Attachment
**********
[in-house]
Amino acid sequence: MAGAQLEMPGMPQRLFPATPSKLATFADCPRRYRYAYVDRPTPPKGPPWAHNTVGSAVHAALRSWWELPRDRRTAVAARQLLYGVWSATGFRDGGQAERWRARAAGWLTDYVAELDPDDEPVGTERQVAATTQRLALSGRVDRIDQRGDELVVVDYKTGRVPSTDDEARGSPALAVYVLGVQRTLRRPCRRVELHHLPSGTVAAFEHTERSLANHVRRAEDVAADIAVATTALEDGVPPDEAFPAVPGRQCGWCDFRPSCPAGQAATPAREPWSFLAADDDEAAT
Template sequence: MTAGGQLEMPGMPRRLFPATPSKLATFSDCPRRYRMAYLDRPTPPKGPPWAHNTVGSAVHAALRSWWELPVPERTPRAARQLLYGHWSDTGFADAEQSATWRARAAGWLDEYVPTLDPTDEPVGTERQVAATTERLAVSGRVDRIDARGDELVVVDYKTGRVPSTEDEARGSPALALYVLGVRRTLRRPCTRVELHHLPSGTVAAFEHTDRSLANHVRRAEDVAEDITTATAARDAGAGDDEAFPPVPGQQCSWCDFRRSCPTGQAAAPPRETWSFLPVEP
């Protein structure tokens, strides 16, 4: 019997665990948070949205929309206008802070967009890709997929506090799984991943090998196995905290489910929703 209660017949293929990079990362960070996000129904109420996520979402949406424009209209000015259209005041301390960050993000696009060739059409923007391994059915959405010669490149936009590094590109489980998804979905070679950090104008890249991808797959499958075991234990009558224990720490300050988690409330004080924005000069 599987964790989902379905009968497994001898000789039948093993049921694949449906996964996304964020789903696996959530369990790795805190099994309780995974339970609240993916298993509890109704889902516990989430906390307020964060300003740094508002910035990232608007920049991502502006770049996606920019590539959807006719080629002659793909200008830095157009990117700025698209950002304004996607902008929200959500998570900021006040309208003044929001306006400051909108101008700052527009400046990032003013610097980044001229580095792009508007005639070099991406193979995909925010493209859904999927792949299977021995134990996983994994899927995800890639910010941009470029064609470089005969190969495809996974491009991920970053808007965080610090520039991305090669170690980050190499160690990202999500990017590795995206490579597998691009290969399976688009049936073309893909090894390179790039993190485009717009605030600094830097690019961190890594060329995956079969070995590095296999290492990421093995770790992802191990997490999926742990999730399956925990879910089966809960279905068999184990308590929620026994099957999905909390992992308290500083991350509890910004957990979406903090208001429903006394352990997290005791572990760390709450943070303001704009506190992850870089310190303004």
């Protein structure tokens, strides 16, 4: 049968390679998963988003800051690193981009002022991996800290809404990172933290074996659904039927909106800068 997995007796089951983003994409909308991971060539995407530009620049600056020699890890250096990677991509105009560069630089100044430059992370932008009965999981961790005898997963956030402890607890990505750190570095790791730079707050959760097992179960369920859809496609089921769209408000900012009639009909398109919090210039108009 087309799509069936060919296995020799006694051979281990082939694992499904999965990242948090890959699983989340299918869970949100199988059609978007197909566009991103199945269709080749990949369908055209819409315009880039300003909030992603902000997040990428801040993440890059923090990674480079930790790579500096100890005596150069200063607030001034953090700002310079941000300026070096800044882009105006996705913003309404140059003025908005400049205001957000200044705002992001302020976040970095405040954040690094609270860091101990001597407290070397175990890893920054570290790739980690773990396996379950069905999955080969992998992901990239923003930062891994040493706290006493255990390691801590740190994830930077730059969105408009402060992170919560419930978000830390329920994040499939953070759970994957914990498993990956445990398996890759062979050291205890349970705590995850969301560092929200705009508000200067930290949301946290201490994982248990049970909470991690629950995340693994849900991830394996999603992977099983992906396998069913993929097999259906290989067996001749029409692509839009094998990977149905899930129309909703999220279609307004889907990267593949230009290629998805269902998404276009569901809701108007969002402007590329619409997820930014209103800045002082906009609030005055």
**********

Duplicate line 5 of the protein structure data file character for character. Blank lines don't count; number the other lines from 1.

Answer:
């Protein structure tokens, strides 16, 4: 049968390679998963988003800051690193981009002022991996800290809404990172933290074996659904039927909106800068 997995007796089951983003994409909308991971060539995407530009620049600056020699890890250096990677991509105009560069630089100044430059992370932008009965999981961790005898997963956030402890607890990505750190570095790791730079707050959760097992179960369920859809496609089921769209408000900012009639009909398109919090210039108009 087309799509069936060919296995020799006694051979281990082939694992499904999965990242948090890959699983989340299918869970949100199988059609978007197909566009991103199945269709080749990949369908055209819409315009880039300003909030992603902000997040990428801040993440890059923090990674480079930790790579500096100890005596150069200063607030001034953090700002310079941000300026070096800044882009105006996705913003309404140059003025908005400049205001957000200044705002992001302020976040970095405040954040690094609270860091101990001597407290070397175990890893920054570290790739980690773990396996379950069905999955080969992998992901990239923003930062891994040493706290006493255990390691801590740190994830930077730059969105408009402060992170919560419930978000830390329920994040499939953070759970994957914990498993990956445990398996890759062979050291205890349970705590995850969301560092929200705009508000200067930290949301946290201490994982248990049970909470991690629950995340693994849900991830394996999603992977099983992906396998069913993929097999259906290989067996001749029409692509839009094998990977149905899930129309909703999220279609307004889907990267593949230009290629998805269902998404276009569901809701108007969002402007590329619409997820930014209103800045002082906009609030005055």